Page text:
What future awaits Artillery Barracks?
Sunday, July 4, 2010
Looking at the charred spots left on the walls and the ceilings, National Park Service Archaeologist Bob Cromwell tilted his head up and said, “We’re lucky this building is still here.”
The massive artillery barracks, built in 1904 to house two full artillery companies on the Fort Vancouver National Site caught fire sometime in the 1930s, the historian said.
Luckily there were still men living there at the time who were able to put the wooden structure out before it was consumed.
Today, there’s a brand new fire sprinkler system in, and even a new roof, but it’s also been empty since 1999, when the Army deeded the building over to the city of Vancouver for ownership.
Folks are also still looking for a good way to capitalize on their luck that the 40,016 square foot structure is still around, and bring a new life into the abandoned spot.
“The challenge of this building is it is a lot of space,” Cromwell said.
Five years ago, a nonprofit artist’s collective — the ARTillery Barracks — was pitched for the space. Now, those at the Fort Vancouver National Trust, which manages the West Barracks and Officers Row, think the nearby Post Hospital fits that bill.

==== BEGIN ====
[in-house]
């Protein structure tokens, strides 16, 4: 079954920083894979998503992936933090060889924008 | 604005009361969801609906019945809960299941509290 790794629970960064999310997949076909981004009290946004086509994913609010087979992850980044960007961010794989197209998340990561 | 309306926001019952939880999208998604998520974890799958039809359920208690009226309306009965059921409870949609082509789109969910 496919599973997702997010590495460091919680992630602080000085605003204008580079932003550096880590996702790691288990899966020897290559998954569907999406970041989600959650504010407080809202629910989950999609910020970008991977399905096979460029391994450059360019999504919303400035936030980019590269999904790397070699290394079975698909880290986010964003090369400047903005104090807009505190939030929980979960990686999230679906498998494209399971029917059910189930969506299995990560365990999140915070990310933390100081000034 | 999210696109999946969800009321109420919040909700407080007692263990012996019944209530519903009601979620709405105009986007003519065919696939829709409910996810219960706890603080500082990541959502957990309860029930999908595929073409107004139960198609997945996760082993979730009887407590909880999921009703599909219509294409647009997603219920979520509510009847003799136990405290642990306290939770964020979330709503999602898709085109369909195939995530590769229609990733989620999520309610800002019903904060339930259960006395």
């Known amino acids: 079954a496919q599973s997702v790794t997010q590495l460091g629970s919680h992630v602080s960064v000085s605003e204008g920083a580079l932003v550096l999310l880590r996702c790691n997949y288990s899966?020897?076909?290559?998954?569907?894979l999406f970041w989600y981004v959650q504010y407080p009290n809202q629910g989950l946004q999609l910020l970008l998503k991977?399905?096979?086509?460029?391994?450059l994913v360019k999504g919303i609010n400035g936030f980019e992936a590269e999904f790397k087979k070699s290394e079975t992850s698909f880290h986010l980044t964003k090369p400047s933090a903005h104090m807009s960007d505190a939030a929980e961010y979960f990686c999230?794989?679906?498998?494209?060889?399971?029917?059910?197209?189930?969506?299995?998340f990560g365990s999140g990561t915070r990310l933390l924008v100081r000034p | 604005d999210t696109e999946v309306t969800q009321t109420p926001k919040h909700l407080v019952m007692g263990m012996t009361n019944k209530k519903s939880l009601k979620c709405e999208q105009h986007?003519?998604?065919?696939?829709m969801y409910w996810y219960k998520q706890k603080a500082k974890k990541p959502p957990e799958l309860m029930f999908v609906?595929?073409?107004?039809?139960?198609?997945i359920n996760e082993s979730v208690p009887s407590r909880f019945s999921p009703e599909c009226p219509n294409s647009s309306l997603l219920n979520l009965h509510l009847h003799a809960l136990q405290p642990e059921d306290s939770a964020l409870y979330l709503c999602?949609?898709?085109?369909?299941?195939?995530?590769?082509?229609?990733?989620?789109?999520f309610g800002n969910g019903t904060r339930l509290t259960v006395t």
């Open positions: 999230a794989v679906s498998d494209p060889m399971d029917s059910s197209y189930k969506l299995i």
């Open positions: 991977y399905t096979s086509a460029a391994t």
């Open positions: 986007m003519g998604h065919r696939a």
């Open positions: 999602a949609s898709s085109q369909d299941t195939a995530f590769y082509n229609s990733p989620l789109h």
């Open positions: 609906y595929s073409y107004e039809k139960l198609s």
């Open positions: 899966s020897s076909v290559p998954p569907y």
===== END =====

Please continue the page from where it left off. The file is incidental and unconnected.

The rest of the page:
Trust President and CEO Elson Strahan said they’ve got a mind to turn the place where thousands of men used to bunk into a place where visitors and locals alike may want to stay the night.
“There’s spaces for food service, meeting space and rooms,” Strahan said.
Since it was intended to house two companies of artillery troops, the building is a mirror image of itself on each side, with the main and top floors mostly huge open rooms where the men would have done everything together, Cromwell said.
The basement features two secure artillery bunkers, showers, and the remainders of toilet seats that were a little close together for modern comfort.
“The old saying was ‘You could hold hands and pray while you’re sitting there,’” Cromwell joked. “They were meant to do everything together.”
The trust and the city would need to retrofit the building with tenant improvements, heating and cooling and make it wheelchair accessible before a developer would come in, Strahan said.
A considerable of lead remains in the attic, which was used as an indoor firing range.
“Because of those decades of shooting, there’s lead bullets and lead particles up there,” said Cromwell, who said it was the only part of the shuttered structure he would not allow anyone to enter.
Soldiers’ graffiti from World Wars I and II can still be seen on pipes and walls on that floor as well.
Cromwell said that because the building is protected under national historical landmark guidelines, getting permission to put in walls to create individual hotel rooms could pose a challenge.
Still, Strahan said that he’s confident that the Artillery Barracks will be restored for a hotel use once the country’s financial situation improves.
Cromwell said he’s hopeful as well: “You can just see the potential for this to be great.”